In Seattle-based, Puerto Rican-grown photographer Jo Cosme’s “Perpetual State of Grasping in the Dark,” two lovers find themselves closer than ever — entwined inside an empty fridge. In works by Seattle photographer Danielle Quenell, a woman disappears into a closet and a cabinet at home. Austin artist Chantal Lesley echoes a similar sense of disembodiment in “It’s not so bad until the sun starts to set,” where a couch appears to have eaten a woman, all but her bare legs.
Other photos capture the odd new realities that became commonplace — such as a baptism and a dance rehearsal conducted in face masks, by Gina Gaiser. In Seattle artist Jennifer Zwick’s “Owen and Silvan in the Dining Room,” we witness the plight of pandemic parents, as the eating space has been completely transformed into a classroom, with lessons taped to the wall next to a child-penned Black Lives Matter banner.
People sit alone and stare into space, light moves slowly across walls. And in Seattle photographer Nick Shiflet’s images, things have gone off the rails, as a man dressed in a shortie tiger costume engages in a close relationship with an ax.
As we resume social activities, we may start to forget that specific sense of pandemic isolation — the way it felt in the body to be suspended and unsure. But artists are acting as chroniclers, reminding us where we were, and what it was like.
Seattle illustrator Tory Franklin portrays her own stress and the feeling of danger around every corner in her new show, Nest of Vipers at Method Gallery (June 25 – Aug. 7). A warning for the ophidiophobic — it contains hundreds of two-headed snakes.
“Throughout quarantine, I drew and printed nests of intertwined snakes based on childhood nightmares,” she writes in her artist statement. Like most of us, she worried about the pandemic, the political climate and the summer of protests. “The stress of all of this churning physically manifested as my guts writhed,” she says, “eating themselves like the snakes I was depicting.”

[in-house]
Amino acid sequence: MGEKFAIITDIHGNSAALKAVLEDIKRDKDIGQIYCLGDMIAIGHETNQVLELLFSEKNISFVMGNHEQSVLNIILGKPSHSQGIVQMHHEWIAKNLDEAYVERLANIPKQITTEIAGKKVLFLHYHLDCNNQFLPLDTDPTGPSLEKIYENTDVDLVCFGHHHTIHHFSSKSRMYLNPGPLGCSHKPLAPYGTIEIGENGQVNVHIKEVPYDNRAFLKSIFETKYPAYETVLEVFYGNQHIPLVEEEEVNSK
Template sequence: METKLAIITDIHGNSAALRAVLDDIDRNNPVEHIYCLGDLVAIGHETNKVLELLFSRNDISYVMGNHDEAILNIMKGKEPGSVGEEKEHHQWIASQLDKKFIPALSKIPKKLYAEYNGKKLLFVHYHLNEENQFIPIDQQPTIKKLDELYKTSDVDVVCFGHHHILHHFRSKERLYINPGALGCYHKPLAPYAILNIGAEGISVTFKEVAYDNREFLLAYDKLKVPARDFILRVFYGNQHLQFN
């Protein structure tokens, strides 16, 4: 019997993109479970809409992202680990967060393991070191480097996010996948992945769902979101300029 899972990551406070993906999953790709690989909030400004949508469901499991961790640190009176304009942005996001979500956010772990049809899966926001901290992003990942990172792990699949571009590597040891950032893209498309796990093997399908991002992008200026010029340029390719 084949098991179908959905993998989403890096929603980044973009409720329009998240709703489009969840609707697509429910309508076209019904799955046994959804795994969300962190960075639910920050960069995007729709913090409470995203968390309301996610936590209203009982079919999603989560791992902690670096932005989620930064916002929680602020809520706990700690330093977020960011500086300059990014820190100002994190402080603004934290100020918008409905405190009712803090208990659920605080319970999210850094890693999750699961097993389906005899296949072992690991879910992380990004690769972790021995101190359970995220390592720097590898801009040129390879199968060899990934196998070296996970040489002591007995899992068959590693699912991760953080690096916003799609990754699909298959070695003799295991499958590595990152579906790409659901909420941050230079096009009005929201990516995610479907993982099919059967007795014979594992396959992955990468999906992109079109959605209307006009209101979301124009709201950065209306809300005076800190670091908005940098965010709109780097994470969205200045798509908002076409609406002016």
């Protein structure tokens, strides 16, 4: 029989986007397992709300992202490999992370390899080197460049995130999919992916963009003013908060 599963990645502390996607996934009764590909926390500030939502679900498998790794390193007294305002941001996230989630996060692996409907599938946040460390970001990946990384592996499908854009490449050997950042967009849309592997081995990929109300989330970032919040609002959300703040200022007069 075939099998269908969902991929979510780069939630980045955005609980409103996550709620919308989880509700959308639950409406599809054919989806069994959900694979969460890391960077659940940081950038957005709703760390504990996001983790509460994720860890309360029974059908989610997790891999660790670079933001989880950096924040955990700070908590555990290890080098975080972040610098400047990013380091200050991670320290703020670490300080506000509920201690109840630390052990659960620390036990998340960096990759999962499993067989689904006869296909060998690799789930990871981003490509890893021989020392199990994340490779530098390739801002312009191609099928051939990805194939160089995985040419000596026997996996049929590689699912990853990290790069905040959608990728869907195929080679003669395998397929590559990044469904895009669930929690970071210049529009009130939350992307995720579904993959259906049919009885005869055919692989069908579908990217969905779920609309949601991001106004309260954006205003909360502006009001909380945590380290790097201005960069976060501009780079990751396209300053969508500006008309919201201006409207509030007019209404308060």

Rooted in anxiety, the result is quite beautiful. Franklin depicts the scaly creatures in screen prints, Tyvek drawings and cut-vinyl window applications that slither over each other in multiple layers that set the whole space writhing. On the floor, the intersecting “Anklebiter” tiles force visitors to tiptoe through the space, “navigating gingerly, precariously,” she says, “as we have done for over a year.”
Pandemic creativity is rife across artistic genres, such as in a new piece of music by stellar Seattle trumpeter (and writer/comedian/composer) Ahamefule J. Oluo. “Prior to this pandemic, very little of what I did artistically was solitary,” he says in a press release, adding that most of his projects hinge on coordinating large groups of creatives. “That skill … was rendered useless by the COVID-19 pandemic, and I was left with myself and the things around me.”
In “The Things Around You,” a music video composition commissioned by the University of Washington’s Meany Center (streaming June 25 – July 2), Oluo addresses the question, “How do you move forward when you are stuck in one place?” I’m looking forward to a wealth of answers from the arts community.